With the storm of a century barreling toward New York City, the debate over climate change is likely to get a jolt. The extreme nature of the storm fits the weather pattern predicted by climate scientists, who warn of an increasingly unstable atmosphere.
As that conversation goes searching for ways to reduce carbon emissions and fossil fuel consumption, GOP vice presidential nominee Paul Ryan has an idea to contribute: Drill for oil in the arctic, then invest the profits in renewable energy.
Ryan is an unlikely source for a solution to climate change, as he has been hammered for casting doubt on the science behind it, yet he once advocated for the United States to wean itself off of fossil fuels.
In 2008, the Republican congressman told his Janesville, Wis. constituents that the federal government should use the revenues that it could glean from drilling in the Arctic National Wildlife Refuge to invest in alternative energy technologies.
“The Congressional Research Service this year told us that the money the federal government would raise on getting that, through rent, royalties and taxes, would be $191 billion over the next 10 years,” Ryan said. “That's $191 billion that could be used to reduce the deficit that could be used to do the Manhattan Project, to invest in hydrogen and nuclear and renewable energy so that we can get off of oil.”
A few minutes later, he called for more drilling, but again stressed that the federal government’s long-term strategy should be to remove the country’s dependence on fossil fuels.
“Since we now know how to get oil and gas in an environmentally friendly way, let's get it,” he told his audience. “And the point is then let's take the money that we get from that -- the federal government raises -- and invest it in research so we can get off of oil itself, off of fossil fuels. Invest in the science to get us the renewables.”
Climate change has remained noticeably absent from the presidential campaign thus far. But as Hurricane Sandy barrels up the East Coast -- putting lives at risk and promising billions of dollars in damage -- the candidates' positions on environmental policy may rise to the forefront.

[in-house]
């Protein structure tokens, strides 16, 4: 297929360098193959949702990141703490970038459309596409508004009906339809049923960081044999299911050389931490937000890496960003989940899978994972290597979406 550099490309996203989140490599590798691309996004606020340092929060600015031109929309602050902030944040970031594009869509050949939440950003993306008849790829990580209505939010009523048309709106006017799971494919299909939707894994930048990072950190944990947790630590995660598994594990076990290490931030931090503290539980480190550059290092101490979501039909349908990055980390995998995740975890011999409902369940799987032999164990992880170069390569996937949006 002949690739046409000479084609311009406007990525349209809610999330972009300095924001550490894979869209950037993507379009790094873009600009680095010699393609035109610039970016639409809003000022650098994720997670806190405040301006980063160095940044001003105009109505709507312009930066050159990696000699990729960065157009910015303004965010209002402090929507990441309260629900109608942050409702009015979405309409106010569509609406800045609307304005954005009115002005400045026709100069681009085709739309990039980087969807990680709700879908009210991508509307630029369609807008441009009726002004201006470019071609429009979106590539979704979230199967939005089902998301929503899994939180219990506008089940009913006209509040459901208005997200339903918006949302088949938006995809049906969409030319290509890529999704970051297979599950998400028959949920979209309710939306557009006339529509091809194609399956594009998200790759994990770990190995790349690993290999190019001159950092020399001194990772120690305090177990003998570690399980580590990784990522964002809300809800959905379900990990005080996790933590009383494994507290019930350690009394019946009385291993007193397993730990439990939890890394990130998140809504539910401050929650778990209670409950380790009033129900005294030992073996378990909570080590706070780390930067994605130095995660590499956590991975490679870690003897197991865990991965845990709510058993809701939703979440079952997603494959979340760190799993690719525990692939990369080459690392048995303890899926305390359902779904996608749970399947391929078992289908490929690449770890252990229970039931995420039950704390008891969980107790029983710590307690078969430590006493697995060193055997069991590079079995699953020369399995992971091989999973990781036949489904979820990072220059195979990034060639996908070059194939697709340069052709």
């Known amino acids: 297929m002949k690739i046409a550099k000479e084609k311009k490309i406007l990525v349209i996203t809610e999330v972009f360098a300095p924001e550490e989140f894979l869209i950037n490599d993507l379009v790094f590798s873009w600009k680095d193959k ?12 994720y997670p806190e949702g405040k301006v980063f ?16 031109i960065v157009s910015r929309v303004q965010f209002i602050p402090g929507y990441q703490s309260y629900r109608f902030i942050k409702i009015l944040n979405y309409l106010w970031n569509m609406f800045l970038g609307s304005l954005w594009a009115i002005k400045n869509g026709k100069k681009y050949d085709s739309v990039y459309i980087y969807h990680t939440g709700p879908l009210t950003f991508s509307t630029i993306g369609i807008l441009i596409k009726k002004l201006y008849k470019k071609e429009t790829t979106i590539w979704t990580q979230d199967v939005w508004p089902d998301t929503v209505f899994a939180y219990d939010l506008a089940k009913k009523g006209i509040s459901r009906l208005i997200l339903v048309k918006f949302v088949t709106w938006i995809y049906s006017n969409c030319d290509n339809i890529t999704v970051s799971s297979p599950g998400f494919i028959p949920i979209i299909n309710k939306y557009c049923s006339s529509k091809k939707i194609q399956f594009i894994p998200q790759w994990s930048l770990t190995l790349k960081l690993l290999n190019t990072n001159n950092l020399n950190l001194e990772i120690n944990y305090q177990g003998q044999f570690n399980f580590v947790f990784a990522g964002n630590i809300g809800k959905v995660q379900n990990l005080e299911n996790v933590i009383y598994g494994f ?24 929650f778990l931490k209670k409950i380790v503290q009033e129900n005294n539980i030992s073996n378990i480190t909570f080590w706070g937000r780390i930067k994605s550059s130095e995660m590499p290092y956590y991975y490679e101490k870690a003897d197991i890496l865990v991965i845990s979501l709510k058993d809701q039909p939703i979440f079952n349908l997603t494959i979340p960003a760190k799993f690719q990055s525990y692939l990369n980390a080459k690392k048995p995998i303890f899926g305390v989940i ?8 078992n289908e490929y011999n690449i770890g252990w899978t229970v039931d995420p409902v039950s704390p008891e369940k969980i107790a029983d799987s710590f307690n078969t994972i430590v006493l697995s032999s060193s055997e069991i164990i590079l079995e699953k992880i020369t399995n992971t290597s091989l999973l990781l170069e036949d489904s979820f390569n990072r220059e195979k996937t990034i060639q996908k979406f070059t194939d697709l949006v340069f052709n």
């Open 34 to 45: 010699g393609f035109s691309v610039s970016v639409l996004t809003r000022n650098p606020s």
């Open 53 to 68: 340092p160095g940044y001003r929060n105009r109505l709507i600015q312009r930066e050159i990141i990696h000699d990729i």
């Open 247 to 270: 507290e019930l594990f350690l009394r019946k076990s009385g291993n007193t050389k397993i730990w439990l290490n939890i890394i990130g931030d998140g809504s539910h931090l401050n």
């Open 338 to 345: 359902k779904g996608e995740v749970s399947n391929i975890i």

Both Ryan’s rhetoric and record have done little to belie his 2008 assertions. In 2011, he voted for an amendment that would eliminate the newly-created Advanced Research Projects Agency within the Department of Energy, whose stated mission is to invest in alternative energy research and test out new technologies.
And in the budget plan he proposed for the fiscal year 2013, Ryan slashed funding for renewable energy projects and research. According to a study out of the left-leaning Center for American Progress, the proposal would cut $3 billion over the next year alone if it had been passed.
Yet while draining the federal government’s investment in new energy sources, Ryan included $40 billion in subsidies for the oil and natural gas industries. The Daily Beast later reported that his wife’s family had invested in Texas properties rented out to four large oil corporations, the same companies to receive substantial windfalls from the Ryan plan subsidies.
Ryan has also expressed considerable skepticism of the science supporting climate change experts.
Attempts to mitigate the environmental effects of global warming would “produce real economic harm in exchange for distant and dubious environmental ends,” Ryan claimed in a 2011 speech at Hillsdale College.
In a Dec. 2009 editorial, the congressman warned against the “hyper-politicization of science” while also implying that the presence of heavy snow in Wisconsin presented counter-evidence of global warming.
Leading climatologists “use statistical tricks to distort their findings and intentionally mislead the public on the issue of climate change,” Ryan wrote.
In Congress, his voting record has remained consistently aligned against environmental activists attempting to control greenhouse gas emissions. He voted to remove the White House's climate change advisers, to block the Environmental Protection Agency from regulating carbon emissions and to prevent the Department of Agriculture for conducting its own climate-impact study.
But Ryan isn’t the only GOP candidate on the presidential ticket who has appeared to shift his position on the environment and energy policy. Mitt Romney has faced criticism over his perceived flip-flop on climate change.
While serving as the governor of Massachusetts, Romney oversaw the implementation of the nation’s first cap-and-trade system for carbon emissions and even allowed the state Department of Energy to regulate carbon as a potentially harmful greenhouse gas.
Since declaring this run for the presidency, however, he has expressed doubts about the man-made causes of global warming, and the Romney-Ryan ticket has made energy independence by means of increased drilling one of the five central points of its platform.
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